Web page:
World Library  
Flag as Inappropriate
Email this Article

Production report

Article Id: WHEBN0007046901
Reproduction Date:

Title: Production report  
Author: World Heritage Encyclopedia
Language: English
Subject: Film, Hook (filmmaking), Production strip, Delayed release, Film release
Collection: Film Production
Publisher: World Heritage Encyclopedia

Production report

A production report ("PR") is a filmmaking term for the form filled out each day of production of a movie or television show to summarize what occurred that day. There is no standard template for a production report, and each show usually has an original template, often created before production begins by one of the assistant directors ("AD"). Besides superficial differences, most forms record the same information and are simply a series of blank tables created in Excel printed doublesided on a legal sized (8 x 14 inch) sheet of paper. The purpose of this form is to keep track of a production's progress and expenses and to help determine what salary is owed to the cast and crew. It is finally sent to studio executives and is permanently filed to serve as a legal record.

The front

The top lists the production title, production company, director, producers, unit production managers, assistant directors, the total number of scheduled production days, and the current production day, day of the week, and date. Below this the PR combines information from several different forms on one page for easy reading:

  • The script notes from the Script Supervisor. This details what scenes and pages were completed or were failed to be completed that day, what locations were used, as well as the official lunch time.
  • The Camera Report from the Camera Loader. This records how many feet of each different film stock was used and subtracts the total used from the previous day's inventory to determine how much unexposed film the production has left on hand. Other information on this form is the amount of film printed, considered no good, and what amount of short ends (of film stock) was created or used.
  • The Sound Report. This form holds information about what is recorded on each sound tape.
  • The Exhibit G from the First Team production assistant (PA). This form indicates the work status, in/out times, the meal times, meal penalties, and pick-up/drop-off times of the principal cast.
  • The Extras Breakdown from the Background PA. This form records the number of background actors, lists their pay rates, their in/out times, lunch times, meal penalties, overtime, and whether they performed any special actions or services that merit bonus pay.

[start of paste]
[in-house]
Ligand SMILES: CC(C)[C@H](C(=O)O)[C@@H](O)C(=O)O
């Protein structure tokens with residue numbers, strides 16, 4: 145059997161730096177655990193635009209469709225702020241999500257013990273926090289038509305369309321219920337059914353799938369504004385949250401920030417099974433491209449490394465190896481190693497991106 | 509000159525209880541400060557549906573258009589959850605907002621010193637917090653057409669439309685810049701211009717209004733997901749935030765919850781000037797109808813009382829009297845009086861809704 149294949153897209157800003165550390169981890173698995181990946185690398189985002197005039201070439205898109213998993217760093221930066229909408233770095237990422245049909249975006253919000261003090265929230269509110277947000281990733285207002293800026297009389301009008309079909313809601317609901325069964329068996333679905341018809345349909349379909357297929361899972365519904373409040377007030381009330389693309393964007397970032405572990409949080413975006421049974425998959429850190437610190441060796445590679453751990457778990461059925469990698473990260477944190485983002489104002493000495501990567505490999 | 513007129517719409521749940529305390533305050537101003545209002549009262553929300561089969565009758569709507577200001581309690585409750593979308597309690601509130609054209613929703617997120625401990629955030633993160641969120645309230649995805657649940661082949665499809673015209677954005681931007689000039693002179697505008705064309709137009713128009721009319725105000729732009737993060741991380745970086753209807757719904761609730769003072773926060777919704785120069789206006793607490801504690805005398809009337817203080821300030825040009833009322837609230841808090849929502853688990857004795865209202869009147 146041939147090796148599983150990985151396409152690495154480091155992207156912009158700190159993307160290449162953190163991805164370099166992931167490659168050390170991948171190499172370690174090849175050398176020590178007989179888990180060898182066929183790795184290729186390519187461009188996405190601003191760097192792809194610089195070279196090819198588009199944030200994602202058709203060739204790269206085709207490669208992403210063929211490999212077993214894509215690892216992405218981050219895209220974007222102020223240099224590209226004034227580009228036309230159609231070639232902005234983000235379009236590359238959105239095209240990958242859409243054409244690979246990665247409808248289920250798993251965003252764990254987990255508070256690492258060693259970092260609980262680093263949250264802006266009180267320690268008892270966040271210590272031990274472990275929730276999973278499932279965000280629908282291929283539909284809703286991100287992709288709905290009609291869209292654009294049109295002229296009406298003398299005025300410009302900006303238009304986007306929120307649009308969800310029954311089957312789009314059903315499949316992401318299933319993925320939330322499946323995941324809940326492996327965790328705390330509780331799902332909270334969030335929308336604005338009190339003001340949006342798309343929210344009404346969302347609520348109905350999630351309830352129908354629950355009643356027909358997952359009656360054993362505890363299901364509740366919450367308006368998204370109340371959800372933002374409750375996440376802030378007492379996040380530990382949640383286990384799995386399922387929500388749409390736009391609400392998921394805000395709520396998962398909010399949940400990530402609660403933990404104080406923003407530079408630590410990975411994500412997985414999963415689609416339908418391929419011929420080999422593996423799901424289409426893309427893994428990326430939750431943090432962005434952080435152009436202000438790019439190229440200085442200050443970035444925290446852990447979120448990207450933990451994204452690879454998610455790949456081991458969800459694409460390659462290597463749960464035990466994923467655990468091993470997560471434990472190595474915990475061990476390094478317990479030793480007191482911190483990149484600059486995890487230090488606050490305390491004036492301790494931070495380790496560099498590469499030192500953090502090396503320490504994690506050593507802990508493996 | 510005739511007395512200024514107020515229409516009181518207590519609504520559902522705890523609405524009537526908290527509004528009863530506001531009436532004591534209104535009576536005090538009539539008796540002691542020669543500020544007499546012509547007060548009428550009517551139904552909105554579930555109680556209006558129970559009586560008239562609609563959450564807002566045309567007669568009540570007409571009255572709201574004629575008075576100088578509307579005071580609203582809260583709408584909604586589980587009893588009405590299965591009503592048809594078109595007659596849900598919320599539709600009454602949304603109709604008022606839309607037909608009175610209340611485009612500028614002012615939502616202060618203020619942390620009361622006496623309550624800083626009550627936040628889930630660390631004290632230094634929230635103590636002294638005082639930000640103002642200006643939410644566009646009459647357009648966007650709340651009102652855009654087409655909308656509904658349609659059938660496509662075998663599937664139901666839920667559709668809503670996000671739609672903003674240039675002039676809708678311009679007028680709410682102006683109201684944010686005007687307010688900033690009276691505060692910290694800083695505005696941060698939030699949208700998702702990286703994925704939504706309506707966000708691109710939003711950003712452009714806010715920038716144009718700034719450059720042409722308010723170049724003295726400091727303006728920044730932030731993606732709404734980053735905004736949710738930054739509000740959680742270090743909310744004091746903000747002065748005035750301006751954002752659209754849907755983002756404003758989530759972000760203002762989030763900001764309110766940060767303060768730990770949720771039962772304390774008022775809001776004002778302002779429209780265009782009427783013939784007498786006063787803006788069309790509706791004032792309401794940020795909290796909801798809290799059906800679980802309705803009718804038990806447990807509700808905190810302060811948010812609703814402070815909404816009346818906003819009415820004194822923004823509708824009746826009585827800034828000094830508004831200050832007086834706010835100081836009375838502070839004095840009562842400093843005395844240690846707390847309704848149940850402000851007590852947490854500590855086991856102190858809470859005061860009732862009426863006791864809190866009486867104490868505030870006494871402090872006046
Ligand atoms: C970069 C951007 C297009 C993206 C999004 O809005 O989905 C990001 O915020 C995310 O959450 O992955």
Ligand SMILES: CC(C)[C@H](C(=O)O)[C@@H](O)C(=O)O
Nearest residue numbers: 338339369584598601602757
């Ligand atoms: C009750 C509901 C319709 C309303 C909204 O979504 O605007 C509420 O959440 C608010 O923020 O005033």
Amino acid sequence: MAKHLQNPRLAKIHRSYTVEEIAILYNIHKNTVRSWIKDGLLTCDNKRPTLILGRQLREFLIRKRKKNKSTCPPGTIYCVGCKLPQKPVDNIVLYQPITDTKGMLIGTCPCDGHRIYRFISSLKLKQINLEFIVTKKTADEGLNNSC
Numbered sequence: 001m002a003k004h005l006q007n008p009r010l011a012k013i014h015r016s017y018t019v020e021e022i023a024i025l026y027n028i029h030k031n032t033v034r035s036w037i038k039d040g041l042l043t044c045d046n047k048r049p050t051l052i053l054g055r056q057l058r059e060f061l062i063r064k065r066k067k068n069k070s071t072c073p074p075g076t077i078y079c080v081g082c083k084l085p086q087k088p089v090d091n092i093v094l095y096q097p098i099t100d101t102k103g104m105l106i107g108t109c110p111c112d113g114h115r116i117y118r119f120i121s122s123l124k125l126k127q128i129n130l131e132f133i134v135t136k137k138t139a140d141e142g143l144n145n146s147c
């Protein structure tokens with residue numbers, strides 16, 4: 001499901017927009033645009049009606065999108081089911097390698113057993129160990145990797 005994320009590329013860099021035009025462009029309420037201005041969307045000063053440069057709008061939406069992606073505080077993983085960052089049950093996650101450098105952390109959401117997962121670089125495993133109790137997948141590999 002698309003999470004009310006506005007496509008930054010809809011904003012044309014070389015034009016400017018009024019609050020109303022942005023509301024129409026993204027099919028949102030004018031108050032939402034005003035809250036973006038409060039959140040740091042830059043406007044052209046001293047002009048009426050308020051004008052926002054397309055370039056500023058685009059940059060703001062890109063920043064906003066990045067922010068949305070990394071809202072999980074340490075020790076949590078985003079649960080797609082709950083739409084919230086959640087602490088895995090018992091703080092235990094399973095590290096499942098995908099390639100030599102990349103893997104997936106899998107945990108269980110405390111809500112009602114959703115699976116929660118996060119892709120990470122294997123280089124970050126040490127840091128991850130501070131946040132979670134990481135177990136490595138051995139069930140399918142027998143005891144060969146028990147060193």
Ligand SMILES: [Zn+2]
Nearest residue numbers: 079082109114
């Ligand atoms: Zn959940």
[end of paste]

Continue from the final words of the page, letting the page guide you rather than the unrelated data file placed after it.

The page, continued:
The back

The back lists the names of the entire crew and production office staff separated by department, with each person's in/out times, meal times, and meal penalties. The back also records the number of meals consumed (and thus paid for by the company), any special equipment rented, and has a notes section to mark down any random important information such as details of a theft, fire or accident.

Filling out the report

The report is usually completed by an AD, a Paperwork PA, or a DGA Trainee. Manpower, crew information, and equipment information is collected from the Key PA, the Best Boy Grip, Best Boy Electric, 2nd Camera Assistant, Assistant Props, Set Scenic, Key Hair, and Key Make-Up during the day. This information can be difficult to gather as it involves finding a moment when these busy crew members are free to talk. The Paperwork PA needs to be perceptive and only interrupt them at a good moment. The number of meals served is counted by the PA during lunch, usually requiring they wait by the buffet line and eat last in order to count how many plates are taken by everyone. The Assistant Directors and Producers will tell the Paperwork PA what notes to add.

At the end of the day the Paperwork PA receives the other forms and adds their information to the front. The Paperwork PA will usually drop the PR off at the production office after wrap to be filed, first making a few copies to give to the unit production manager (UPM) and Assistant Directors the next day so they can double-check the information and have corrections called into the office if they disagree with any details.

This article was sourced from Creative Commons Attribution-ShareAlike License; additional terms may apply. World Heritage Encyclopedia content is assembled from numerous content providers, Open Access Publishing, and in compliance with The Fair Access to Science and Technology Research Act (FASTR), Wikimedia Foundation, Inc., Public Library of Science, The Encyclopedia of Life, Open Book Publishers (OBP), PubMed, U.S. National Library of Medicine, National Center for Biotechnology Information, U.S. National Library of Medicine, National Institutes of Health (NIH), U.S. Department of Health & Human Services, and, which sources content from all federal, state, local, tribal, and territorial government publication portals (.gov, .mil, .edu). Funding for and content contributors is made possible from the U.S. Congress, E-Government Act of 2002.
Crowd sourced content that is contributed to World Heritage Encyclopedia is peer reviewed and edited by our editorial staff to ensure quality scholarly research articles.
By using this site, you agree to the Terms of Use and Privacy Policy. World Heritage Encyclopedia™ is a registered trademark of the World Public Library Association, a non-profit organization.

Copyright © World Library Foundation. All rights reserved. eBooks from Hawaii eBook Library are sponsored by the World Library Foundation,
a 501c(4) Member's Support Non-Profit Organization, and is NOT affiliated with any governmental agency or department.